Mediterranean diet and particulate matter exposure are associated with LINE-1 methylation: Results from a cross-sectional study in women

Martina Barchitta, Andrea Maugeri, Annalisa Quattrocchi, Germana Barone, Paolo Mazzoleni, Alfio Catalfo, Guido De Guidi, Maria Giovanna Iemmolo, Nunzio Crimi, Antonella Agodi

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29 Citations (Scopus)


Emerging evidence suggests that air pollution increases the risk of cardiovascular disease (CVD) and metabolic disorders, adding to the global burden of disease attributable to lifestyle and behavioral factors. Although long interspersed nucleotide elements 1 (LINE-1) methylation has been associated with these disorders, no studies have simultaneously examined the effects of diet and air pollution exposure on DNA methylation. Herein, we evaluated the association of particulate matter (PM with aerodynamic diameters of less than 10 mm) exposure and adherence to Mediterranean Diet (MD) with LINE-1 methylation. Healthy women (n = 299), aged 15 to 80 years, were enrolled in a cross-sectional study. Dietary data and adherence to MD were assessed by a Food Frequency Questionnaire (FFQ) and Mediterranean Diet Score (MDS). PM10 levels during 1-month before recruitment were recorded by monitoring stations and assigned to each woman based on their residential address and day of recruitment. LINE-1 methylation in blood samples was assessed by pyrosequencing and reported as percentage of 5-methylcytosine (5mC). The Mann–Whitney U test, Spearman’s rank correlation test and linear regression models were applied. Our results demonstrated, for the first time, an inverse association between adherence to MD and exposure to PM10 with LINE-1 methylation: While higher monthly PM10 exposure decreases LINE-1 methylation level (β =-0.121; p = 0.037), the adherence to MD increases it (b = 0.691; p < 0.001). MDS seemed to interact with PM10 levels (p = 0.002) on LINE-1 methylation, as such we confirmed that the effect of MD decreased with increasing PM10 levels (β = 0.657; p < 0.001 in the first tertile; β = 0.573; p < 0.001 in the second tertile; β = 0.551; p < 0.001 in the third tertile). Thus, we suggest that LINE-1 methylation is a possible mechanism underpinning environment-related health effects, and encourage further research to evaluate whether the adherence to the MD could counteract the negative effect of PM10 exposure.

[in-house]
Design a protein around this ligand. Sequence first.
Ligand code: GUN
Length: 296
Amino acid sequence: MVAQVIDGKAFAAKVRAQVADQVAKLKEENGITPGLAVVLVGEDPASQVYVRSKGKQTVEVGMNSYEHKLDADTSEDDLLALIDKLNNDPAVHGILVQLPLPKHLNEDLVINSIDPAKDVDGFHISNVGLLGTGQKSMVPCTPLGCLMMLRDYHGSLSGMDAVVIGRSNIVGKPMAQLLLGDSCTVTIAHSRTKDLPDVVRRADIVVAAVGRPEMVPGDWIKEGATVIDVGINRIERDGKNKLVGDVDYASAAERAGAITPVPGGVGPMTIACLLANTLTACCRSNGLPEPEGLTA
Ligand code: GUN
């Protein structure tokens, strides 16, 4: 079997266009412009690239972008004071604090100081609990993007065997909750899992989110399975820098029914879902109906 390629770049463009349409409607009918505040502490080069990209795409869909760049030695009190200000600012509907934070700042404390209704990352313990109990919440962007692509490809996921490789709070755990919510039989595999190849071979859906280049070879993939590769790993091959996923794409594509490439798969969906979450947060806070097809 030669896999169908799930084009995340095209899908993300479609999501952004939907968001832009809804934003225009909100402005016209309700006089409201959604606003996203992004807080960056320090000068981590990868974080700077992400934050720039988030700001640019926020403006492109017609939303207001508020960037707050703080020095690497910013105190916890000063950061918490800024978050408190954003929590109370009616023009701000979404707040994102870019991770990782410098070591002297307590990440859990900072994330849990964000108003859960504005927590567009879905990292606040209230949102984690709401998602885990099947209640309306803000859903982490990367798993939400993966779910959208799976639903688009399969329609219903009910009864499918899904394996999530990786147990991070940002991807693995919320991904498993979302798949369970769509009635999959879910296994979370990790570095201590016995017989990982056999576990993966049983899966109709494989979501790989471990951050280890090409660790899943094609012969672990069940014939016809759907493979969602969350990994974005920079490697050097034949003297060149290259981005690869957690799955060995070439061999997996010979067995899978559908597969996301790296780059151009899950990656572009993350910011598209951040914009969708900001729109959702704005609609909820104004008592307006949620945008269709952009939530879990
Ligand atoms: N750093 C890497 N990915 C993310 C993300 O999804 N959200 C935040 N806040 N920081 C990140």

Original languageEnglish
Article number514
JournalFrontiers in Genetics
Publication statusPublished - 30 Oct 2018
Externally publishedYes


  • Air pollution
  • Cancer
  • Cardiovascular disease
  • Dietary habits
  • Epigenetics
  • Gene–diet interaction
  • Hypomethylation
  • Metabolic disorders


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